Multiracial families and military service
Both Bae Ki-cheol, 57, and Lee Anis, 20, are biracial Korean men. This year, Lee is doing something Bae could not do 37 years ago even though he had ardently wanted to: serving in the South Korean military.
The difference marks a major victory for biracial Koreans in their decades-long struggle to be more fully embraced in society, where until recently, the so-called “pure-blood nationalism” was so pervasive that school textbooks taught children to be proud of their “homogenous” nation.
With their country technically in a state of war with North Korea, fulfilling mandatory 20-month military service has long been a rite of passage for young South Korean male adults. A failure to complete what many people still call "the sacred duty for national defense" has become a serious handicap in job interviews. People quip at a man deemed irresponsible or not manly enough: “Have you done your military service?”
“We had assumed that Lee would not be fluent in Korean because he did not look Korean,” an army officer told the media about the military’s initial concerns about how well Lee would adjust to his new life there. “But he speaks Korean like a native and is very active and sociable.”
However, the Army has not always been so welcoming.
“They did not give me any chance,” Bae told Roh Tae-gyeong, a “citizen journalist” who writes a blog.
Bae was one of thousands of children born between American soldiers and South Korean women, usually poor girls who worked in bars and restaurants around U.S. military bases. Society treated them like an embarrassing and painful by-product of the U.S. military presence, which the country has relied upon to guard against North Korea ever since the 1950-53 Korean War. Many of them were sent abroad for adoption. Those who stayed behind like Bae were ostracized and taunted by other children as “twigi,” an insulting moniker meaning “mixed” or “hybrid.”
Although the constitution designates military duty as one of the basic duties of all male citizens without disabilities, men of mixed race were not allowed to serve in the military. For Bae, who is now president of the Korea Alliance of International Families, that exclusion was symbolic of South Koreans’ discrimination against biracial citizens. He said he could never get a full-time job, not only because of his looks but also because of his lack of military experience, and that he has rarely been financially stable as a result.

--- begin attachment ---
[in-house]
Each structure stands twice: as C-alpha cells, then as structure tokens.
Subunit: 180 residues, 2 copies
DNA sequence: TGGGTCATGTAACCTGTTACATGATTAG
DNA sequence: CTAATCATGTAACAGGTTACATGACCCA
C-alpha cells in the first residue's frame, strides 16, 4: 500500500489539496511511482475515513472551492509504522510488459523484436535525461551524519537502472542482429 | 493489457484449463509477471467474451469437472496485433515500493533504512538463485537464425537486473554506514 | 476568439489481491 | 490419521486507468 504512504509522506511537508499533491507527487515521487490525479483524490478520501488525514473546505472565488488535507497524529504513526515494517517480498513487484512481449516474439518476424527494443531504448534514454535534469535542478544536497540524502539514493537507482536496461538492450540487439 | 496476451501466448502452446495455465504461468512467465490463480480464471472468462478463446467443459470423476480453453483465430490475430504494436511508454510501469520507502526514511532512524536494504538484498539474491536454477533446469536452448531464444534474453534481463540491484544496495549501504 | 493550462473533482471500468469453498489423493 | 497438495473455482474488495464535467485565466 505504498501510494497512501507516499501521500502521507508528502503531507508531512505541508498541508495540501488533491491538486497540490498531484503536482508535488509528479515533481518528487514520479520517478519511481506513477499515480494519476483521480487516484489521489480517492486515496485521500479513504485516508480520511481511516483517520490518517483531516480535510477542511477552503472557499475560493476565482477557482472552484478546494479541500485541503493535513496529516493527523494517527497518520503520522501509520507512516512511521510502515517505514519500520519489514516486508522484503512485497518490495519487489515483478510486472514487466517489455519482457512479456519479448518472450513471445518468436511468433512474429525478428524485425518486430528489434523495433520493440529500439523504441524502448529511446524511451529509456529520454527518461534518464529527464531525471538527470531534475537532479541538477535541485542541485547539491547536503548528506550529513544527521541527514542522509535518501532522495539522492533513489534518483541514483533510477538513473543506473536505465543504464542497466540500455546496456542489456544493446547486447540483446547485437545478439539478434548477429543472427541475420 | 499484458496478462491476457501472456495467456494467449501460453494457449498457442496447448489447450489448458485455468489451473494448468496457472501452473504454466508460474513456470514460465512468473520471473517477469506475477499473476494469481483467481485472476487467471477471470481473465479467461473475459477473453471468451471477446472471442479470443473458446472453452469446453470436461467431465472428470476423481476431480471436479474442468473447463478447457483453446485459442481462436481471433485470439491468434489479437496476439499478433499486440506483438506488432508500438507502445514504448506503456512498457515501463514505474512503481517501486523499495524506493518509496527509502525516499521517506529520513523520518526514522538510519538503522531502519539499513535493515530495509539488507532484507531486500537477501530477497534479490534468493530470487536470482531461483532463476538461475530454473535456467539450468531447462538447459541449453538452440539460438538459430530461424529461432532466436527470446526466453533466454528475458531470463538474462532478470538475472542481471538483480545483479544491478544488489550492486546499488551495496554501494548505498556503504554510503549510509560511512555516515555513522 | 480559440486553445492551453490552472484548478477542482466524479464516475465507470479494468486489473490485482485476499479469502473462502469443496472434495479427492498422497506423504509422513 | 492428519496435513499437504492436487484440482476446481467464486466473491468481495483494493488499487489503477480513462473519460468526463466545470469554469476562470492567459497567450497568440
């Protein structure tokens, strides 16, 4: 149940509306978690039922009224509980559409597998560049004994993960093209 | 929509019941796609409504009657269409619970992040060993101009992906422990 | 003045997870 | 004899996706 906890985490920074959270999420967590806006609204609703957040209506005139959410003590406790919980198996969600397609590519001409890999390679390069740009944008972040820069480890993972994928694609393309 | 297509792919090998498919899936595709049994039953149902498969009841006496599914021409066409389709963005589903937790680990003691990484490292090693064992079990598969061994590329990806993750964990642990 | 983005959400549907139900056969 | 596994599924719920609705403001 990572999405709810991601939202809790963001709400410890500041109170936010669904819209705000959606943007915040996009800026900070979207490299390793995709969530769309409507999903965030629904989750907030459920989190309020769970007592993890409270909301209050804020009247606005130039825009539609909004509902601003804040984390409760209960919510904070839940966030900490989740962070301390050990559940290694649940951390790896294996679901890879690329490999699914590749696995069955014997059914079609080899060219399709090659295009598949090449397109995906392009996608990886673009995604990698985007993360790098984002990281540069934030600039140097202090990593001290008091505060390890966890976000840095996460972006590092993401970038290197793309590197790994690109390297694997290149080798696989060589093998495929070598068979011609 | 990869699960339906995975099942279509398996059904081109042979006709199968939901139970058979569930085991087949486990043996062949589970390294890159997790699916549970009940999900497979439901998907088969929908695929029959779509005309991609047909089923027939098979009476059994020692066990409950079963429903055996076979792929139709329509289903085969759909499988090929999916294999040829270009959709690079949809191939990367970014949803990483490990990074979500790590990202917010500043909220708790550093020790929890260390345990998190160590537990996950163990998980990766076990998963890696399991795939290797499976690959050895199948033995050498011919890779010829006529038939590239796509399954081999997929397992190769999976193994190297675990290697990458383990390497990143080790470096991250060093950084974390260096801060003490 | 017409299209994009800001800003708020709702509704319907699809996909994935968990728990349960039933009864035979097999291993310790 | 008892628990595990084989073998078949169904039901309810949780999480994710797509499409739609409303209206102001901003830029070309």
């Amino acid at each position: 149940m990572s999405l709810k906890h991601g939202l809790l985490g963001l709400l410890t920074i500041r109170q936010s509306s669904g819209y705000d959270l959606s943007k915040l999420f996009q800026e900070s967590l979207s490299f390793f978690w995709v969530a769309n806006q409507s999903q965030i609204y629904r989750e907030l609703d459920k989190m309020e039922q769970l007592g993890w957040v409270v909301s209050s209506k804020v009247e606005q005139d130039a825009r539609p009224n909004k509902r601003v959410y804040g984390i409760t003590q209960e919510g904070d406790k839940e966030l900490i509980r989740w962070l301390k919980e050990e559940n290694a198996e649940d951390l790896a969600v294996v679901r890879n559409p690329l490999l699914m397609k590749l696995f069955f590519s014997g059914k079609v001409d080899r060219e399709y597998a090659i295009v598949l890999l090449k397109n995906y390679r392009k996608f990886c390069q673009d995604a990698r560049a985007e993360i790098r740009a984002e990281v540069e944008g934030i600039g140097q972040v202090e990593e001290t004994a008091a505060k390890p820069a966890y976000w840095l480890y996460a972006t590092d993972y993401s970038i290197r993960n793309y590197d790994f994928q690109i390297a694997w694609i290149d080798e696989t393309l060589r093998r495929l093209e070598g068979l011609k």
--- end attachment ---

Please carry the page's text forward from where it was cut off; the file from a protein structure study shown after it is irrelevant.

But in the 37 years since Bae volunteered to serve in the military and was rejected because of his skin color, things have changed. Once an agrarian society so isolated from the rest of the world it was dubbed the “hermit kingdom,” South Korea has transformed into a major global economy exporting cars and smartphones around the world. With the number of interracial marriages rising sharply, how to embrace “multicultural families” has become a major concern for government policymakers.
Nowadays, it's often South Korean men who look for foreign women. As young South Korean women increasingly migrated to cities for education and jobs, single men left in rural areas look to countries in Southeast Asia, such as Vietnam and the Philippines, to find spouses. With the country's birthrate one of the lowest in the world, these women bring a welcome sound: the crying of newborn babies that old folk in the rural villages had long forgotten. The growing influx of alien workers from Southeast Asian countries has also influenced South Koreans to become more familiar with “different looks.”
With the change in attitude, the government changed laws to ensure that effective this year, all males of Korean nationality are required to serve in the military, regardless of their ethnicity.
Reactions have varied. Some people worry that biracial soldiers will be subjected to bullying. But Lee has so far proven that such worries were unnecessary. He told the media about how very glad he was to serve in the military.
There is so much more to do to make this country a better place to live in ― for all Koreans regardless of their skin color. The decision to let young Koreans like Lee serve in the military is an important step toward building a new South Korea where people like Bae and Lee are treated as what they are: Koreans.
The writer is a senior at St. Ignatius College Prep in Chicago, the U.S.